Secret Sensation Time
Gloria Lemay’s “Secret Sensation Time: How to Have a Great Birth, Especially VBAC” in the current Spring issue of Pathways Magazine brings a vital message for pregnant moms who want to have a safer and easier birth.
“Many births begin in the night” says Lemay, who’s been a childbirth activist and educator for many years. “The woman will get up to pee, feel her membranes release, and then an hour later will begin having sensations 15 minutes apart.” Usually, it’s at this first sign of labor that the mother will wake up her husband, and begin preparations with feelings of excitement and anticipation. The early sensations of birth which begin in the peaceful, quiet nighttime setting quickly shift into a setting of brightened lights and mental and physical activity, and this can be counter-productive.
“I have seen so many births that take days and days of prodromal (under 3 cms. dilation) sensations, and they usually begin this way,” says Lemay, in her article. In these cases, the couple essentially distract themselves at the beginning of birth, turning the quiet of the night into the more frenzied activity typical of daytime. Lemay calls this early period of birth a “critical time” when the pituitary gland begins initiating all the complex physiological changes for a healthy, easy birth to unfold. But we often can compromise this critical period, unintentionally.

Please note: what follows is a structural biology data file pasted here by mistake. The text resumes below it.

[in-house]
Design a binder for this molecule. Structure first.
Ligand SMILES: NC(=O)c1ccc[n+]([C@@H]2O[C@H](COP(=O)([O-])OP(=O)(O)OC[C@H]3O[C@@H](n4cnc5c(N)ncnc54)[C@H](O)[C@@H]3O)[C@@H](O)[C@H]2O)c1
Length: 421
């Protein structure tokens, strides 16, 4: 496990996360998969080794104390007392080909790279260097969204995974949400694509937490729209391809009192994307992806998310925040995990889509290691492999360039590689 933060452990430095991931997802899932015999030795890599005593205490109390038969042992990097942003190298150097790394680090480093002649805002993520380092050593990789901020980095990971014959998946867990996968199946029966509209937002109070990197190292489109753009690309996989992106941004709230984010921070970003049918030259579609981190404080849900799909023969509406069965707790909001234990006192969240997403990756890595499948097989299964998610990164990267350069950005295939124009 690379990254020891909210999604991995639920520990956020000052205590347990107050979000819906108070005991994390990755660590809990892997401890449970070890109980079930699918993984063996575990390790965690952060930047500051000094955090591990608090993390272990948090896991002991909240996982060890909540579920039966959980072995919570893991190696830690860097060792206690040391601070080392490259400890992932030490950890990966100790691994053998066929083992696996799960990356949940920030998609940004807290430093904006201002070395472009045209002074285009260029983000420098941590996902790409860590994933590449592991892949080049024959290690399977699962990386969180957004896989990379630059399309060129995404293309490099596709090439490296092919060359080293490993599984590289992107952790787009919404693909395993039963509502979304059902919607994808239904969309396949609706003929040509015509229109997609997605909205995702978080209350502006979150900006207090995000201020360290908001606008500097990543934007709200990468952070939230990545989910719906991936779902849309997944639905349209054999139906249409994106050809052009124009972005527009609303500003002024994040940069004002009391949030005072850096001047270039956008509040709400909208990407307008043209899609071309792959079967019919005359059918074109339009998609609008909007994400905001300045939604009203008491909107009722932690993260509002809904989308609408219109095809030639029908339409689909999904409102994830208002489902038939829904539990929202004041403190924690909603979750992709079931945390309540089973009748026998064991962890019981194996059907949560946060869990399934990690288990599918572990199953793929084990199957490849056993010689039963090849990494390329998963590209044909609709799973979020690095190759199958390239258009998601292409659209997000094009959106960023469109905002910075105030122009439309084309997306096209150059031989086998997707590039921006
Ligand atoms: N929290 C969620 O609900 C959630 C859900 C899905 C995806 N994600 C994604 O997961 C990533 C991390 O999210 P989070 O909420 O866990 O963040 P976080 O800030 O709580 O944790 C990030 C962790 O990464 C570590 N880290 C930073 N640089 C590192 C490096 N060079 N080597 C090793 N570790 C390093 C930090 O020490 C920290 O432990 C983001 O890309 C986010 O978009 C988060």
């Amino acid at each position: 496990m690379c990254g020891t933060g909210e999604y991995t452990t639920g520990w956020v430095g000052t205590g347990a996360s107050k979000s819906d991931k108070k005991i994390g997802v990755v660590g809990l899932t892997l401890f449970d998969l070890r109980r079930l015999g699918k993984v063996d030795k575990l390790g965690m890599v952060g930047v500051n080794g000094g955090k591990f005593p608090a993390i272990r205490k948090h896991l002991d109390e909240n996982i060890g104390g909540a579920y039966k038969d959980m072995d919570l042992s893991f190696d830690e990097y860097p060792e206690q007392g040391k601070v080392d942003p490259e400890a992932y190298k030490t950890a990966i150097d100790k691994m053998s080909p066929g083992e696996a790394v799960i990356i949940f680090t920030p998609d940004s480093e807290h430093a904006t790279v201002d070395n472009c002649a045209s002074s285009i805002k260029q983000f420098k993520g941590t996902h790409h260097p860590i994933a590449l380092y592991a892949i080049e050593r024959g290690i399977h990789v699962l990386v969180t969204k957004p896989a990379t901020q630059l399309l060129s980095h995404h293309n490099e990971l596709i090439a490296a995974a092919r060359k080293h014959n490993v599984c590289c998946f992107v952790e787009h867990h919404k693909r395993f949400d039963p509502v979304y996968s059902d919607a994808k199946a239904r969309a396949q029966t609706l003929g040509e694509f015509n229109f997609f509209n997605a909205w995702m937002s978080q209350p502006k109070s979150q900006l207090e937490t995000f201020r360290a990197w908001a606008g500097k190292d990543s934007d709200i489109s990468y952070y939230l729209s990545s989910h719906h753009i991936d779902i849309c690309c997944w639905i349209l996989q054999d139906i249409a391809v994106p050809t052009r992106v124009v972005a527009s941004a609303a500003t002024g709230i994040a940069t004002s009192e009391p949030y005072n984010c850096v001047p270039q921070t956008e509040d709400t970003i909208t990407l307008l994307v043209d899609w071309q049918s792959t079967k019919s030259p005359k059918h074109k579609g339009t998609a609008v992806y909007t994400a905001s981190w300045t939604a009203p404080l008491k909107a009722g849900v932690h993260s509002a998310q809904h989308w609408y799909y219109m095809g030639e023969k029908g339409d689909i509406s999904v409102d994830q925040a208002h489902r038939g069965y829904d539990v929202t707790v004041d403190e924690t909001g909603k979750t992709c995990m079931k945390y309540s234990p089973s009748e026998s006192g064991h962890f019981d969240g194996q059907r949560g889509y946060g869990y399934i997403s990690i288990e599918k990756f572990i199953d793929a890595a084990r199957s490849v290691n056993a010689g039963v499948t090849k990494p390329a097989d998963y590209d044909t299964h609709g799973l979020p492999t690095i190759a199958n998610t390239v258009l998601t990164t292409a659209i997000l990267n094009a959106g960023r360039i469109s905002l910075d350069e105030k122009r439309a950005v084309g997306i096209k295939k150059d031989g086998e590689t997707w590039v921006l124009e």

“That first night can make all the difference,” Lemay says. She explains how many midwives who receive the mothers call at 7 a.m. to learn that the couple has been up all night timing contractions and making preparations, often lament later on that they wished the mother had called sooner, so she could tell her to “turn off the lights, let the husband sleep as much as possible, and to stay dark and quite, perhaps taking a bath with a candle if it helps.”
Because we think of birth as a family/couple experience, and we want to live the story of our birth from beginning to end with anticipation, we often derail the vital opportunity to tune in to our bodies at the early moments of birth. “When you begin to have sensations,” Lemay says, “try to ignore it as long as you possibly can.” Instead, “have a ‘secret sensation time’ with your unborn baby.” Lemay recommends that we try to minimize what is happening in our surroundings, including what the husband, the family, or the birth attendants are doing and thinking, and if we happen to be in a setting that’s a little chaotic, we should try our best to have a quiet time for mother-baby connection.
To have a smooth birth, we have to honor our hormone activity, our oxytocin release, and our ability to open up the cervix, and this means cherishing the dark, quiet, and early period of birth as a precious time. It is a time that is best free of distractions and in deep connection with one’s self and the baby, together in a loving embrace.